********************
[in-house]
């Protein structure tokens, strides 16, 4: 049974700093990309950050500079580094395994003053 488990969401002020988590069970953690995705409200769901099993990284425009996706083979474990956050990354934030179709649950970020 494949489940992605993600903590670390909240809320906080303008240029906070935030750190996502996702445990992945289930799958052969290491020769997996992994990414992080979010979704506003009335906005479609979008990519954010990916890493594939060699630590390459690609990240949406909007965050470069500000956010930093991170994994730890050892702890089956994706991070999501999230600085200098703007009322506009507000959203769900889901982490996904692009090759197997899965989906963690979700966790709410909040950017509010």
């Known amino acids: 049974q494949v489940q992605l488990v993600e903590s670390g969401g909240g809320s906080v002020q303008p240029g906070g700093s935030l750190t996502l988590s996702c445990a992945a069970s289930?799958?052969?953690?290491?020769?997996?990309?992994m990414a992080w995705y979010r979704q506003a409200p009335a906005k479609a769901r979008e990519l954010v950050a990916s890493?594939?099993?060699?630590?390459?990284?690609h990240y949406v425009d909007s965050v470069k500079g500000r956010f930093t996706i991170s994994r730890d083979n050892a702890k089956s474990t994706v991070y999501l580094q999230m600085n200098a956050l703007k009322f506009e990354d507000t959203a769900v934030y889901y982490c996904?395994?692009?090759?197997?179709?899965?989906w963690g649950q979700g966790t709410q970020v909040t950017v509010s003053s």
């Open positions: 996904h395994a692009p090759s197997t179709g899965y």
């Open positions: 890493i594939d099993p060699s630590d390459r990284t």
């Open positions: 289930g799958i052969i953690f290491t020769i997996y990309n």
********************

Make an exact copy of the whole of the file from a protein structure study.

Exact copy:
[in-house]
């Protein structure tokens, strides 16, 4: 049974700093990309950050500079580094395994003053 488990969401002020988590069970953690995705409200769901099993990284425009996706083979474990956050990354934030179709649950970020 494949489940992605993600903590670390909240809320906080303008240029906070935030750190996502996702445990992945289930799958052969290491020769997996992994990414992080979010979704506003009335906005479609979008990519954010990916890493594939060699630590390459690609990240949406909007965050470069500000956010930093991170994994730890050892702890089956994706991070999501999230600085200098703007009322506009507000959203769900889901982490996904692009090759197997899965989906963690979700966790709410909040950017509010």
């Known amino acids: 049974q494949v489940q992605l488990v993600e903590s670390g969401g909240g809320s906080v002020q303008p240029g906070g700093s935030l750190t996502l988590s996702c445990a992945a069970s289930?799958?052969?953690?290491?020769?997996?990309?992994m990414a992080w995705y979010r979704q506003a409200p009335a906005k479609a769901r979008e990519l954010v950050a990916s890493?594939?099993?060699?630590?390459?990284?690609h990240y949406v425009d909007s965050v470069k500079g500000r956010f930093t996706i991170s994994r730890d083979n050892a702890k089956s474990t994706v991070y999501l580094q999230m600085n200098a956050l703007k009322f506009e990354d507000t959203a769900v934030y889901y982490c996904?395994?692009?090759?197997?179709?899965?989906w963690g649950q979700g966790t709410q970020v909040t950017v509010s003053s």
């Open positions: 996904h395994a692009p090759s197997t179709g899965y």
């Open positions: 890493i594939d099993p060699s630590d390459r990284t």
């Open positions: 289930g799958i052969i953690f290491t020769i997996y990309n």